Wednesday, May 13, 2015
A National Infrastructure Bank - with a Republican Twist
As the clock continues ticking down to the depletion of the Highway Trust Fund, there is no shortage of ideas for funding our nation's infrastructure projects. As previously discussed, some have proposed raising the gas tax to make up for the funding gap. Now, Senator Deb Fischer (R-Neb.) has introduced legislation to instead establish a national infrastructure bank to fund the projects.
The Build USA Act (S. 1296) would allow states to enter into three-year agreements with a new American Infrastructure Bank (AIB). Under these agreements, states have the option to remit federal transportation dollars, apply for a transportation project loan through the bank, or both. More specifically, a state remitting federal highway dollars would receive 90% of it back for core infrastructure projects (defined by the bill as a "federal aid highway or highway project") with the remaining 10% available as project loans at below-market rates. The bank would be capitalized with corporate dollars repatriated from overseas - another oft-floated proposal for filling the trust fund's coffers - and the bank's board members would have the authority to raise capital by issuing debt securities.
Interestingly, it is the states, not the AIB or another federal entity, who have the authority under this bill to determine whether its own projects comply with federal requirements for environmental approval, construction design, right-of-way acquisition, and so on. This is the so-called "Republican twist" alluded to in the title of this post: Fischer is selling the bill as "reducing regulatory burdens," a common theme in Republican talking points regarding large infrastructure or economic projects.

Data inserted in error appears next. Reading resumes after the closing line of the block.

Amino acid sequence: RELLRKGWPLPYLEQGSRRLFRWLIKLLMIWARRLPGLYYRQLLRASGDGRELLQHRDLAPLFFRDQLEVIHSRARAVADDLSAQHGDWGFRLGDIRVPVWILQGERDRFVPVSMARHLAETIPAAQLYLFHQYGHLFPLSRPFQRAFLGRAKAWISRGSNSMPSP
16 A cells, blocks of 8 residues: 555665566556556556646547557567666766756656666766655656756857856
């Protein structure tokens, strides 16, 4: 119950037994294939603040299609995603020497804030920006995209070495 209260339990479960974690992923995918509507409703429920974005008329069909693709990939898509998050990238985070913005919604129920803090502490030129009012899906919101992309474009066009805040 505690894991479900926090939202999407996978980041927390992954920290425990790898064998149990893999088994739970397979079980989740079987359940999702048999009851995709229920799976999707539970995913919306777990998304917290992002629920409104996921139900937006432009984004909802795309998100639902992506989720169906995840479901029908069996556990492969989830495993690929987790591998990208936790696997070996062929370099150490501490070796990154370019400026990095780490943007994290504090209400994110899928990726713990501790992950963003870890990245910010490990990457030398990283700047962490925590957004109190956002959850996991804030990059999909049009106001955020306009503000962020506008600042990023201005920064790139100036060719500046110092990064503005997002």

The idea of establishing an infrastructure bank to fund highway projects is not new: Congresswoman Rosa DeLauro (CT-3), for example, has introduced several times the National Infrastructure Development Bank Act, which similarly establishes an infrastructure bank but to fund not just highway projects, but all kinds of transportation, energy, and telecommunications infrastructure projects. The differences between the two bills don't end there. Most notably, responsibility for regulatory compliance with the DeLauro bill is placed in federal hands, directing the Bank to "take into account the economic, environmental, and social benefits, and costs of each project under consideration... prioritizing projects that contribute to economic growth, lead to job creation, and are of regional or national significance." Fischer would likely say DeLauro's version "over-burdens" states looking to secure monies for their infrastructure projects.
In addition, rather than repatriating corporate profits, the bill appropriates federal money to capitalize the bank. DeLauro's bill also authorizes the Bank to sell America Infrastructure Bonds; it's not immediately obvious whether or how this is different from Fischer's issuance of debt securities. DeLauro's bill is generally much more specific than Fischer's, including processes for risk management and auditing, Davis-Beacon Act and Buy America provisions, and record-keeping guidelines.
Fischer asserts her proposal is more viable than raising the gas tax, which hasn't been raised since the 1990's and as a result has been outpaced by the rise in highway construction costs. So is establishing an infrastructure bank the way to go? The idea generally has bipartisan support, but the devil may be in the details as differing political parties have different views over what such a bank would look like.